Des Moines, IA— Students at Drake University may be seeing an unprecedented influx of new students this Fall, according to the Drake Office of Admission. The number of students applying to Drake University this year for intake is at a record high, despite the COVID-19 pandemic putting many businesses and organizations to a halt.
Before the pandemic, any given admissions cycle would see around 6800 applications to Drake. As of April 1, however, over 7500 applications have been sent in to the Drake Office of Admissions. In terms of new students for the Fall of 2021, Drake has seen a 25 percent increase in admitted students over recent admission cycles.
This increase in applications is due to a variety of factors. First, one of the most effective tools used by an Admissions Office is hosting in-person campus visits so prospective students can picture themselves as a student there. With Drake University effectively offering virtual campus visits this cycle, students in far away places can see themselves at Drake without having to catch a flight.
“The exposure of virtual recruitment has allowed students from all over the country and the world to get a sense of our campus without even having to step foot onsite,” said Anne Kremer, the Dean of Admissions at Drake.
With a virtual recruitment system in place, Drake has also received a record number of applications from international students as well.
“With limited international admissions staff, there are just so many countries that we can physically travel to,” said Patrick Bourgeacq, the Assistant Director of Drake International Admissions. “However, with virtual recruitment being implemented this year, we’ve been able to reach far more countries than we could ever hope to in person.”
Kremer and the international admission team made the decision at the beginning of the cycle to take advantage of this new virtual space by testing out new geographic markets. If a country showed promise during a web recruitment fair, it could warrant flying a recruiter out to that country when flight restrictions are lifted. The influx of international interest for Drake doesn’t mean that the department didn’t experience some setbacks at the very beginning of the pandemic.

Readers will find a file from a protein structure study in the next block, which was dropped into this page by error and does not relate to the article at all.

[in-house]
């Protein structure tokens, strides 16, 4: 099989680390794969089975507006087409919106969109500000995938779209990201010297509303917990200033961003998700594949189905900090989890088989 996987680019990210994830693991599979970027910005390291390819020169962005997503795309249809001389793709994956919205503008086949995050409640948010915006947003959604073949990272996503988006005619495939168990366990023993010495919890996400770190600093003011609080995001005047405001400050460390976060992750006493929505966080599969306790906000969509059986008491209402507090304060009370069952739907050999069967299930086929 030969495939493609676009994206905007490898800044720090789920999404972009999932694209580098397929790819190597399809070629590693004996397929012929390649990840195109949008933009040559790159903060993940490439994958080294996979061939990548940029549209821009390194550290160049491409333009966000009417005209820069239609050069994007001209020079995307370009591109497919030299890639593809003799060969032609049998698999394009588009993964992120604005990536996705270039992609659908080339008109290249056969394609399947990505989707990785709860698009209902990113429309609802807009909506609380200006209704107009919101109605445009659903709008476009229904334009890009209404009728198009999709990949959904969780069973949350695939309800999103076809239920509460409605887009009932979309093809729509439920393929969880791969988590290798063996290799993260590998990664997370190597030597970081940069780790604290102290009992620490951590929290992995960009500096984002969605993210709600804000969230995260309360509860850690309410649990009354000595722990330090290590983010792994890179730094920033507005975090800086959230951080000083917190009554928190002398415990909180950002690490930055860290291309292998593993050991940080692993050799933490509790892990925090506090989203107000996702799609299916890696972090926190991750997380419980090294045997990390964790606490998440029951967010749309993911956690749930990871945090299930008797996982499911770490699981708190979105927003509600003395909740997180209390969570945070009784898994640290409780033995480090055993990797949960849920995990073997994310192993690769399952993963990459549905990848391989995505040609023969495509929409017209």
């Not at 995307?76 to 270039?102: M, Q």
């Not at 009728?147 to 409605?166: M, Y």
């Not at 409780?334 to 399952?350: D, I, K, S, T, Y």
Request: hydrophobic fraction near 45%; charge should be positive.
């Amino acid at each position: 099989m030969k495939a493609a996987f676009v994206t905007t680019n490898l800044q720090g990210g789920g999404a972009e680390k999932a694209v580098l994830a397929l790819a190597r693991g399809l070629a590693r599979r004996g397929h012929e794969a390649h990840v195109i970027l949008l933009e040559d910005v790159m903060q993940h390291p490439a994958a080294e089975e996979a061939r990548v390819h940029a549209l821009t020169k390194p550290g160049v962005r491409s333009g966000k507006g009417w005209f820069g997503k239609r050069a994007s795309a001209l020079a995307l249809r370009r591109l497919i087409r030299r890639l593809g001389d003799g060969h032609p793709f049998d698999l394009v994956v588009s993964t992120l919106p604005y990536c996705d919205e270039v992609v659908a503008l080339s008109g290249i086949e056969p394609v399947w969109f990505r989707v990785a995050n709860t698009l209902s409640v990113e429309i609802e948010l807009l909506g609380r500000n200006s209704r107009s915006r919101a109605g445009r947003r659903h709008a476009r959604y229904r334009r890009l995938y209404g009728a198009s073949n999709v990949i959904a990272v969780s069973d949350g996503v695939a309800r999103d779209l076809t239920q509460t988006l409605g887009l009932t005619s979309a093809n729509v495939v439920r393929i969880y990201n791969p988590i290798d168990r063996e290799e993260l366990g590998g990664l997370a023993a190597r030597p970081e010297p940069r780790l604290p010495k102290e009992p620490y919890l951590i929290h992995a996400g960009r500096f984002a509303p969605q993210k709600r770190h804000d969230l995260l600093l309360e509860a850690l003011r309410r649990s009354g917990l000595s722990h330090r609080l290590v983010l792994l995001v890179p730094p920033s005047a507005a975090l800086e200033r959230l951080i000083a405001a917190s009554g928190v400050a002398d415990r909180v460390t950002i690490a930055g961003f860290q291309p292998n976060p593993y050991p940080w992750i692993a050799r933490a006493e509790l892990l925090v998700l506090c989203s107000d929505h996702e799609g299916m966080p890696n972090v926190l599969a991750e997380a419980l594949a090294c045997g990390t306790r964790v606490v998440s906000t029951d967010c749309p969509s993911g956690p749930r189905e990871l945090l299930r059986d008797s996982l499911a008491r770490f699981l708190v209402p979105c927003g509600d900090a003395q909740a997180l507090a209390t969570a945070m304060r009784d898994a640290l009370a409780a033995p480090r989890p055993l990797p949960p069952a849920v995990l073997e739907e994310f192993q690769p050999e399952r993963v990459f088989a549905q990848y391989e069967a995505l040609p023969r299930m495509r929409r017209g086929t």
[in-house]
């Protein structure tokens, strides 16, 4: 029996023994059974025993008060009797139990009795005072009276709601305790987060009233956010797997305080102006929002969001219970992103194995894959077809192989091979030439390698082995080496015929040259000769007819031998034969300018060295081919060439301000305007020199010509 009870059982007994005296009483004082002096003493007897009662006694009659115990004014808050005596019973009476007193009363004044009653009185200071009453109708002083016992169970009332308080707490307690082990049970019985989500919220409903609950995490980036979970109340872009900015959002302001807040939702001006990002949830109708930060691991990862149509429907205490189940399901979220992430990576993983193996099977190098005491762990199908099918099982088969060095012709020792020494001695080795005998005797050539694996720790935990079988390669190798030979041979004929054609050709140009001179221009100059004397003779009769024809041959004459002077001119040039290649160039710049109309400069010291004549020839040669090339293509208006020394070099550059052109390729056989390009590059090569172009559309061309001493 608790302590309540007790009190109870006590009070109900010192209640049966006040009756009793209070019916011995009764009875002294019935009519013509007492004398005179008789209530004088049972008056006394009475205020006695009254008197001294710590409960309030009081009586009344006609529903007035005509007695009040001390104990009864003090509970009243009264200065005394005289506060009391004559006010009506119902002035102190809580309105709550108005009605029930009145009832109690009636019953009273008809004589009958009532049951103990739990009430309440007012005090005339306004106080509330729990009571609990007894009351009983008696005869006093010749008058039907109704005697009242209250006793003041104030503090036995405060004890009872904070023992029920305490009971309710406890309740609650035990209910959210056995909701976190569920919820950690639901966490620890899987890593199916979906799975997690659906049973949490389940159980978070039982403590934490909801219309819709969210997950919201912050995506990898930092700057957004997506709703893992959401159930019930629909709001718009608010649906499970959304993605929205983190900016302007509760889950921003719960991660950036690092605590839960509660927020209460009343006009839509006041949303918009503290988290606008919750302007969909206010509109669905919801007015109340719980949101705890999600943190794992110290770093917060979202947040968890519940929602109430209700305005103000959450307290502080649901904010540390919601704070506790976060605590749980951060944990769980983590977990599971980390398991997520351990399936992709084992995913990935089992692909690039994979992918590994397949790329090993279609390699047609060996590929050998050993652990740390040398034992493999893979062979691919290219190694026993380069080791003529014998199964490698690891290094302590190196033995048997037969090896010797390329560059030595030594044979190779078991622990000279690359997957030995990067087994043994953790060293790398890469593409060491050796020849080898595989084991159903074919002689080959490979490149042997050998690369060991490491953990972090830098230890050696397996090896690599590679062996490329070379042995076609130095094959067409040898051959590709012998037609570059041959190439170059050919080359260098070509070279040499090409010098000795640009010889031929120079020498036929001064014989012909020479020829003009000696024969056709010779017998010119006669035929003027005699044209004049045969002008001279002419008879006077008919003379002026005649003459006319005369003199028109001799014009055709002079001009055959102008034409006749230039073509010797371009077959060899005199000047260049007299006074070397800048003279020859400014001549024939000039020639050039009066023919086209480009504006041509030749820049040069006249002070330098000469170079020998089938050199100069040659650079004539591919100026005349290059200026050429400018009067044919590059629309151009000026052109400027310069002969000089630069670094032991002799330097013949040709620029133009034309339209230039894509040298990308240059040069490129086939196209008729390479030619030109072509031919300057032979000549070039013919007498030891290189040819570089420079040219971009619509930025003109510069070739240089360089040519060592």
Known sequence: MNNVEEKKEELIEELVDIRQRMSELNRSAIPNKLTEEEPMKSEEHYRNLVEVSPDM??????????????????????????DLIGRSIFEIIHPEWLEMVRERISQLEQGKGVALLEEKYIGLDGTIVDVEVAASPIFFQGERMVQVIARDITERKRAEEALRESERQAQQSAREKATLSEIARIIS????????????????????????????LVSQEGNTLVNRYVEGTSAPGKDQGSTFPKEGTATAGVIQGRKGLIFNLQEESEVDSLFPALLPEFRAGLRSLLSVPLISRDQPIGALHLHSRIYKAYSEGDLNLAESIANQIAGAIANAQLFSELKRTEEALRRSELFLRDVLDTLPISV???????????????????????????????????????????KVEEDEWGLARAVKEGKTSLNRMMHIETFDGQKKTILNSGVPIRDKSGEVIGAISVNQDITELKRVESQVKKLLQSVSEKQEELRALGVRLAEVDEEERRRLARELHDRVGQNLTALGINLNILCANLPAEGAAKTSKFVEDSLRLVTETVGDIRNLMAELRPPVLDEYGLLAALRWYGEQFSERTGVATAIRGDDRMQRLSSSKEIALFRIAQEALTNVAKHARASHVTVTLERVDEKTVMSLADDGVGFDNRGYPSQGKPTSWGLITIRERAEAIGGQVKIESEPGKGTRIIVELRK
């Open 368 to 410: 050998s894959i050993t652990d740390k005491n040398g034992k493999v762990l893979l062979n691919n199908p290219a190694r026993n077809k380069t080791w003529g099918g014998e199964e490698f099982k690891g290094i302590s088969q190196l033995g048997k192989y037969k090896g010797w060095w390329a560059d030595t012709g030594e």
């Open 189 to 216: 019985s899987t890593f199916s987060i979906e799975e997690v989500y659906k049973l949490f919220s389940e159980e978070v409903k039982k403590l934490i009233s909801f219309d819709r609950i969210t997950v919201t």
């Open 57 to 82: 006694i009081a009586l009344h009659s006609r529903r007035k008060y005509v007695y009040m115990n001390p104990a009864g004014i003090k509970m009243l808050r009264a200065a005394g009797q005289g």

When the pandemic hit in March of 2020, the number of new international students committing to Drake in the two to three months that followed remained fairly constant. However, when U.S. Embassies around the world closed their doors, many international students were unable to get their visas to study in the United States. As a result, the actual international enrollment numbers for the Fall 2020 intake took a significant hit.
The Drake Office of Transfer Students, a department that handles students who are transferring from other institutions, experienced some setbacks as well. Transfer students make up a significant portion of incoming students to Drake, and feature a diverse set of demographics. The transfer department has accepted students from ages 18 all the way to 86 years old. It includes students seeking to further their education after several years of being out of school, as well as Veterans and working adults. The transfer department both at Drake and at a national level sheds a unique light on how COVID-19 has affected the education of students that are often overlooked.
“Undergraduate enrollment [for transfer students] has been down 4.5 percent this year on a national level,” said Rachel Setsodi, the Associate Director of Transfer at Drake said. “People have been slow to make decisions because there have been so many unknowns in regard to jobs, health concerns, and the impact that covid has had on their family— be that financial or medical reasons.”
Setsodi believes that these numbers will increase once the pandemic subsides. Because of the unemployment rate in the United States increasing during the pandemic, many students are using that time to their advantage to earn more skills and further their education. Whether their education comes from a community college or a four-year institution like Drake, Setsodi hopes that education will be a prime motivation post-COVID.
“Going forward, I think this next year is going to be us figuring out what [prospective] students prefer, and also what other colleges are offering students to make sure that they can have an apples to apples comparison on multiple campuses,” Kremer said. “This story is still being written. It’ll be very interesting to see if colleges go back to their old ways of doing a lot of things, or if this will be a time of continued reinvention of the recruitment experience.”